• Born June 5, 1971 Susan Lynch, 49. Northern Irish actress whose career in film started off by being a selkie in The Secret of Roan Inish with her next role being an unnamed Paris Vampire in Interview with a Vampire. Film wise, her last role to date is Aunt Alice in Ready Player One. She’s got one series credit to date playing Angstrom In the Thirteenth Doctor story, “The Ghost Monument”. (CE)
  • Born June 5, 1976 Lauren Beukes, 44. South African writer and scriptwriter. Moxyland, her first novel, is a cyberpunk novel set in a future Cape Town.  Zoo City, a hardboiled thriller with fantasy elements is set in a re-imagined Johannesburg. It won both the Arthur C. Clarke Award and a Kitschies Red Tentacle for best novel. And The Shining Girls would win her a August Derleth Award for Best Horror Novel. (CE) 

(9) UNDER THE HOOD. SYFY Wire reports: “Mark Hamill Surprises Star Wars-Loving Nurse In Heartwarming ‘Kimmel’ Segment”.

Do you need a dose of optimism and joy in such uncertain and turbulent times? We’ve got just the thing with a wonderful Jimmy Kimmel Live segment in which Mark Hamill (Luke Skywalker himself!) surprises a California healthcare worker who also happens to be a massive Star Wars fan. That’s Chloé Ducos, a registered nurse who works in a coronavirus testing tent in San Diego.

“I’m a pretend hero, you’re the real hero. Thank you for your service,” Hamill told Ducos, who burst into genuine tears of shock and happiness when the actor appeared on the virtual call and removed his Jedi-like hood. Her heartwarming reaction alone makes the video below worth watching.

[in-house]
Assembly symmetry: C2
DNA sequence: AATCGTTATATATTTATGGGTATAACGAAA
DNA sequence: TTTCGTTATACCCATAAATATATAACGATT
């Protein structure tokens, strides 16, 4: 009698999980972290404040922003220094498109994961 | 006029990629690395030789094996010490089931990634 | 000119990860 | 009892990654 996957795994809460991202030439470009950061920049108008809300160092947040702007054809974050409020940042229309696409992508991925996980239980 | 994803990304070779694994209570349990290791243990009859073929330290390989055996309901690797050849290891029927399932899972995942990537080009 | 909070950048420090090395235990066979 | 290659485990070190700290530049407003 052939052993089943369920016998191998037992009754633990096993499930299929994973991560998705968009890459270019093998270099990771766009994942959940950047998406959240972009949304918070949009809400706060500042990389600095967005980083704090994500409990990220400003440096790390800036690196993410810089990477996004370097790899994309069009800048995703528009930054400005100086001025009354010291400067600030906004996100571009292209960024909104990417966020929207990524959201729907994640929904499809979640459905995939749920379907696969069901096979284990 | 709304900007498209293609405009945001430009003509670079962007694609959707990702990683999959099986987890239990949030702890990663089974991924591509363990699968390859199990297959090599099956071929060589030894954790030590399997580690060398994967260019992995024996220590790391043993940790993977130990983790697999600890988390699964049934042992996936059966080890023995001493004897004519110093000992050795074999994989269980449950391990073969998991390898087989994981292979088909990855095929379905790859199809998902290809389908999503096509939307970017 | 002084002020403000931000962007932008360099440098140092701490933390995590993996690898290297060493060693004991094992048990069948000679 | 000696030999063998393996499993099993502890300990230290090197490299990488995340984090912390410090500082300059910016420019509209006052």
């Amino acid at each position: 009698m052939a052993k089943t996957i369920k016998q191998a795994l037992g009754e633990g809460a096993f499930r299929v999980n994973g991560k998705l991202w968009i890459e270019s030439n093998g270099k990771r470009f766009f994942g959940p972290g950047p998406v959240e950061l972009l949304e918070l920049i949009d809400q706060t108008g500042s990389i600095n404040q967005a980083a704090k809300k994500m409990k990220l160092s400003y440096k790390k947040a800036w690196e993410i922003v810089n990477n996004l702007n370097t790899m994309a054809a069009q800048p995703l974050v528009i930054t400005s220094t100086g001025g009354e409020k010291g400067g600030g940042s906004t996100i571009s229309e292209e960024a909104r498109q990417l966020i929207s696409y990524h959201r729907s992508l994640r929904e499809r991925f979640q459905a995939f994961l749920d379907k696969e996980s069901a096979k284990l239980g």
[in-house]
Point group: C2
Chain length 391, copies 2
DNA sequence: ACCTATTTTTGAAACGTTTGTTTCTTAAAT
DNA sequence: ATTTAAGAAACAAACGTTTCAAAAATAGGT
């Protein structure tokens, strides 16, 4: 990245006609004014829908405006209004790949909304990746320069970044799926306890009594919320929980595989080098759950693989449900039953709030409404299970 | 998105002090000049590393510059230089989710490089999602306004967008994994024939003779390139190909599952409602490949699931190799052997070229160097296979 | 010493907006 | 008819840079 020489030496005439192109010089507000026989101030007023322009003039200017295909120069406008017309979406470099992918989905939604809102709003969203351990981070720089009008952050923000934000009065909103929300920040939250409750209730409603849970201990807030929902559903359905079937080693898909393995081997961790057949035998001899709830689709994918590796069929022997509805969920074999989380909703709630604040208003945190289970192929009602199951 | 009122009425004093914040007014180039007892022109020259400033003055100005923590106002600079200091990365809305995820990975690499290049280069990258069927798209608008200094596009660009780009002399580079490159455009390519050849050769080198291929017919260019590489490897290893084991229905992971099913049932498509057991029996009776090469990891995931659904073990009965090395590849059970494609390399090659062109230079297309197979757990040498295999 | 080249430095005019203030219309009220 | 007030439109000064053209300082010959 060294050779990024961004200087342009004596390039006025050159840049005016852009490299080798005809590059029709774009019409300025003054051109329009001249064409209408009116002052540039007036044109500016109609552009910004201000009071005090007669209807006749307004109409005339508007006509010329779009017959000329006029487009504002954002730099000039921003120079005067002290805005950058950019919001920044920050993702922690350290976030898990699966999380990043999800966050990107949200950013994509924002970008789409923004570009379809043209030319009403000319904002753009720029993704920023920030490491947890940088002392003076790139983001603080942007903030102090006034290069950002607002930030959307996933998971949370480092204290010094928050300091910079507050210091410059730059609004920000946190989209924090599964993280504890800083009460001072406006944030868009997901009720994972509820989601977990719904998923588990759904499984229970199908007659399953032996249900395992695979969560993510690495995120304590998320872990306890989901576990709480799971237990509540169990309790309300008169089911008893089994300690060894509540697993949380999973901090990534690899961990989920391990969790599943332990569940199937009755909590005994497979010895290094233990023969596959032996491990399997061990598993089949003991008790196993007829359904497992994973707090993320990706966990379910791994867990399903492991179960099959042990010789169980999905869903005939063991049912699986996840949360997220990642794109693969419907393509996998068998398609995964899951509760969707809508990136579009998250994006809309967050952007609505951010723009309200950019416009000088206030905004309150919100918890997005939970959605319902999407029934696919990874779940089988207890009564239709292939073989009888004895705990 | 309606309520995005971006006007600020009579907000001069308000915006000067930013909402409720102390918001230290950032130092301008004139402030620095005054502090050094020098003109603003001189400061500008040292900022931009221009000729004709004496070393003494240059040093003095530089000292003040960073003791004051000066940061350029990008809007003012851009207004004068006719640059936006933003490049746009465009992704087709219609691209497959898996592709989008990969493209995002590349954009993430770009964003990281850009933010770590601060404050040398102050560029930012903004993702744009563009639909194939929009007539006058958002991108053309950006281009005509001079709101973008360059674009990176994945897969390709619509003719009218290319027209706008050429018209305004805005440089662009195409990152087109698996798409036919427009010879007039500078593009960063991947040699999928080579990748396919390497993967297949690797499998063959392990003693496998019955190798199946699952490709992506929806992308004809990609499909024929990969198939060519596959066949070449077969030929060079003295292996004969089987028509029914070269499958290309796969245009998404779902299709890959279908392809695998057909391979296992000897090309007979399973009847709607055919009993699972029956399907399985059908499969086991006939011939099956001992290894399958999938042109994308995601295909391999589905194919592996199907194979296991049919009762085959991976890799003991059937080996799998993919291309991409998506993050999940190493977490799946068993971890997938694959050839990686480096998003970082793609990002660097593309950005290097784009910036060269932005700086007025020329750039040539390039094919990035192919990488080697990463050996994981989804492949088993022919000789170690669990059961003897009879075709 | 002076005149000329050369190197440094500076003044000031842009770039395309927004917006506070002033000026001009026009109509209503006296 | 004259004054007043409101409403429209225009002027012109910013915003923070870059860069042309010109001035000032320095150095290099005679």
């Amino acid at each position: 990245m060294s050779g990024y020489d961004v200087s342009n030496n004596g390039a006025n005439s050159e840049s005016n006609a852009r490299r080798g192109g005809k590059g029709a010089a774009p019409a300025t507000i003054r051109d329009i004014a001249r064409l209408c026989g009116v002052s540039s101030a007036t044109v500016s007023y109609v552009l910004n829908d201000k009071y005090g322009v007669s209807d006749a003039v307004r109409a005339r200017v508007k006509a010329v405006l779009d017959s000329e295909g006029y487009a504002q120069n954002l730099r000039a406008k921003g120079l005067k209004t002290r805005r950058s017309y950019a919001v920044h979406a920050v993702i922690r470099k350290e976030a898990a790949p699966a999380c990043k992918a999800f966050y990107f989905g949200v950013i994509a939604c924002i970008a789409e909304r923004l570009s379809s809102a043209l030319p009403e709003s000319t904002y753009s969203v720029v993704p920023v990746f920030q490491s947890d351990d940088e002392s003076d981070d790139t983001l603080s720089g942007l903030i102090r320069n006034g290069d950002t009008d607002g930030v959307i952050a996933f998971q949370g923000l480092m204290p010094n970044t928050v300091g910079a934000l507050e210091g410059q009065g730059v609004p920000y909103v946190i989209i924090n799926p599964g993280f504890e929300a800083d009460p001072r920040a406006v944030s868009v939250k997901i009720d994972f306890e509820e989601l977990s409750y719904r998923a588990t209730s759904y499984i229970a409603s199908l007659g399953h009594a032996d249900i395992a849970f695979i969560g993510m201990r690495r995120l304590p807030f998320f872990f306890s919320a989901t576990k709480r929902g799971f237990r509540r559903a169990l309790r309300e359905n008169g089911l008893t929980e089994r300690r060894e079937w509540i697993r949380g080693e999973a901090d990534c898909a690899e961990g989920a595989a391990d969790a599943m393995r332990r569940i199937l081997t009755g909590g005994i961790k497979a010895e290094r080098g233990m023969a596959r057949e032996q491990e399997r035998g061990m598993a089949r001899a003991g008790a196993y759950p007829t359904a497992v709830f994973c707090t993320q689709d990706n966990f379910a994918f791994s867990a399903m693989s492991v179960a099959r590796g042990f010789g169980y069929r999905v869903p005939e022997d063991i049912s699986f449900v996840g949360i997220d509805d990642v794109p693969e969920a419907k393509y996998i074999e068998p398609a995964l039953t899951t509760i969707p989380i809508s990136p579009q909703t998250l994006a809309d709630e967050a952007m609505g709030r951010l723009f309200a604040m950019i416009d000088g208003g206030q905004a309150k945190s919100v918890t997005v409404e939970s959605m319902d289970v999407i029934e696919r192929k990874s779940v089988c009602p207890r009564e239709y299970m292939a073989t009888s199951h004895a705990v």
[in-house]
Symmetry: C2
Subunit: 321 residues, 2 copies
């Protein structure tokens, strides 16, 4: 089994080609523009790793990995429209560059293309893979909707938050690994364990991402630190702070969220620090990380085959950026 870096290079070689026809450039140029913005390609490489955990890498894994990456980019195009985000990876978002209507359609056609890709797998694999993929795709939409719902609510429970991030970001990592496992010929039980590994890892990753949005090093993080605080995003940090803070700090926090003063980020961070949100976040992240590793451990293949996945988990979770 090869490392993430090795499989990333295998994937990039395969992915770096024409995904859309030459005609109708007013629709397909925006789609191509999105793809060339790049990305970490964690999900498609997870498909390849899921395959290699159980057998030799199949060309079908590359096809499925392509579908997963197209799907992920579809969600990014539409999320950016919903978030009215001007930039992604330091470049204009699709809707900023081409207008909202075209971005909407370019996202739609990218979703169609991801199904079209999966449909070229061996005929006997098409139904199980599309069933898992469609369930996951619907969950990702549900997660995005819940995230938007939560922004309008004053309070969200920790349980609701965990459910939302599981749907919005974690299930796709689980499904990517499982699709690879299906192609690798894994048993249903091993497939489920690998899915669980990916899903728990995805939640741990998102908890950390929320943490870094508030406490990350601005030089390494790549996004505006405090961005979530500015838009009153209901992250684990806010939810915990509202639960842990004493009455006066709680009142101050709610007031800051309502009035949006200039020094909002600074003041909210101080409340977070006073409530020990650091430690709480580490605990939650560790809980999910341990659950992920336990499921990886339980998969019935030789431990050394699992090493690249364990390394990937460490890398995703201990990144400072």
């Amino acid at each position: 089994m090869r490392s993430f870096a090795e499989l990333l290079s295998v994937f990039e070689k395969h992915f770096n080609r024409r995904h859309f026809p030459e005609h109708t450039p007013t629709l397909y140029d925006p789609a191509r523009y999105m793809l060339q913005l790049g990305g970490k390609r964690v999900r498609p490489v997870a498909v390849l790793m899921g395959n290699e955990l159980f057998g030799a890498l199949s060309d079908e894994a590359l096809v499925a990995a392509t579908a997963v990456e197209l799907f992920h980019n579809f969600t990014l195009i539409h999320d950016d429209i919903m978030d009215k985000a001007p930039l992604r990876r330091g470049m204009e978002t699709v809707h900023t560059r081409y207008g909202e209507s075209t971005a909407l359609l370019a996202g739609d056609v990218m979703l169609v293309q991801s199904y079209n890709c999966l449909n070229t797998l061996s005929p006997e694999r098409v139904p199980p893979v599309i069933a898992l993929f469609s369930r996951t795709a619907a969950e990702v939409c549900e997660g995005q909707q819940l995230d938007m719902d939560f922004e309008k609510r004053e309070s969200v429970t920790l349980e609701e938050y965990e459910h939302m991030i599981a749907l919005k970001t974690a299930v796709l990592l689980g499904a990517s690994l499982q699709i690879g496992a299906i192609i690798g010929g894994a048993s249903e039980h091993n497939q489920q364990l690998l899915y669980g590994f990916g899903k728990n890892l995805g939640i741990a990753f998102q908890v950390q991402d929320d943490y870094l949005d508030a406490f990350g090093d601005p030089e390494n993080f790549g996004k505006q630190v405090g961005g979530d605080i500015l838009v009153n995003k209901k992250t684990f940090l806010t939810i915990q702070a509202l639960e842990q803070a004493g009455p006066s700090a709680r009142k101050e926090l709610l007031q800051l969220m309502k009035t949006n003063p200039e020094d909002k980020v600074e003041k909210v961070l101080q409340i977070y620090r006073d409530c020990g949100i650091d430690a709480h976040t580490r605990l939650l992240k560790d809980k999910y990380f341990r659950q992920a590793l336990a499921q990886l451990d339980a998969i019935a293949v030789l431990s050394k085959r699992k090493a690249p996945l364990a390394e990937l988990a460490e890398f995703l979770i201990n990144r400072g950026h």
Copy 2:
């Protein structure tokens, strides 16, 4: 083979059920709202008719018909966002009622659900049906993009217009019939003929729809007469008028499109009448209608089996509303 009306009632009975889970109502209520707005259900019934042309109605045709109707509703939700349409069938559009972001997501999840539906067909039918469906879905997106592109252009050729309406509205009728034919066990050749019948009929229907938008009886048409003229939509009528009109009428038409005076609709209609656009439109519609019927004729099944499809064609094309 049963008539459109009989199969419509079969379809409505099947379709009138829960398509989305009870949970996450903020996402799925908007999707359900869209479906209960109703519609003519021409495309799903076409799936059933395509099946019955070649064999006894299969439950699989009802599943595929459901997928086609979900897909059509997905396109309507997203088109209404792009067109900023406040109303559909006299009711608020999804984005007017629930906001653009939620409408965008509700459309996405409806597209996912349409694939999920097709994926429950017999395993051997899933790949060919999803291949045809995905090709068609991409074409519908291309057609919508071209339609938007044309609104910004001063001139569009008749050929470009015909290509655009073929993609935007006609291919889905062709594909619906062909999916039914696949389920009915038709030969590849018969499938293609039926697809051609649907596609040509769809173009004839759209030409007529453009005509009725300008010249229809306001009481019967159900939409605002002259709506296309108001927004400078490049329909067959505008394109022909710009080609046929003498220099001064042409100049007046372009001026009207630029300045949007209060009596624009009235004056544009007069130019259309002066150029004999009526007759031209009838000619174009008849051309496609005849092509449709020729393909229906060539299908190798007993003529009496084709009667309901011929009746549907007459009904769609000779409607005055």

Kimmel’s YouTube intro adds:

…We are also giving her $10,000 from our friends at PayPal, who will also be sending PayPal vouchers to all of her coworkers as well.

(10) PRO TIP. Matt Wallace cannot be denied.

(11) MORE THAN CATAPULT FODDER. Paul Weimer is high on the novel and the author: “Microreview [Book] Savage Legion by Matt Wallace” at Nerds of a Feather.

…Savage Legion is most definitely the best work from the pen of an author whose skills, to my eye, are growing by leaps and bounds.

(12) TODAY’S THING TO WORRY ABOUT. NPR asks “Are There Zombie Viruses — Like The 1918 Flu — Thawing In The Permafrost?”

Zac Peterson was on the adventure of a lifetime.

The 25-year-old teacher was helping archaeologists excavate an 800-year-old log cabin, high above the Arctic Circle on the northern coast of Alaska.

They had pitched tents right on the beach. Over the course of a month, Peterson watched a gigantic pod of beluga whales swim along the beach, came face-to-face with a hungry polar bear invading their campsite and helped dig out the skull of a rare type of polar bear.

But the most memorable thing happened right at the end of that summer trip.

“I noticed a red spot on the front of my leg,” Peterson says. “It was about the size of a dime. It felt hot and hurt to touch.”

The spot grew quickly. “After a few days, it was the size of a softball,” he says.

Peterson realized he had a rapidly spreading skin infection. And he thought he knew where he might have picked it up: a creature preserved in the permafrost….

(13) JETBOY’S LAST ADVENTURE. “Combat drone to compete against piloted plane”

The US Air Force will pit an advanced autonomous aircraft against a piloted plane in a challenge set for July 2021.

The project could eventually lead to unpiloted fighter aircraft that use artificial intelligence (AI).

Lt Gen Jack Shanahan, head of the Pentagon’s Joint Artificial Intelligence Center, called the test a “bold, bold idea”.

Air Force Magazine also described the development of autonomous fighter jets as a “big Moonshot” for the military.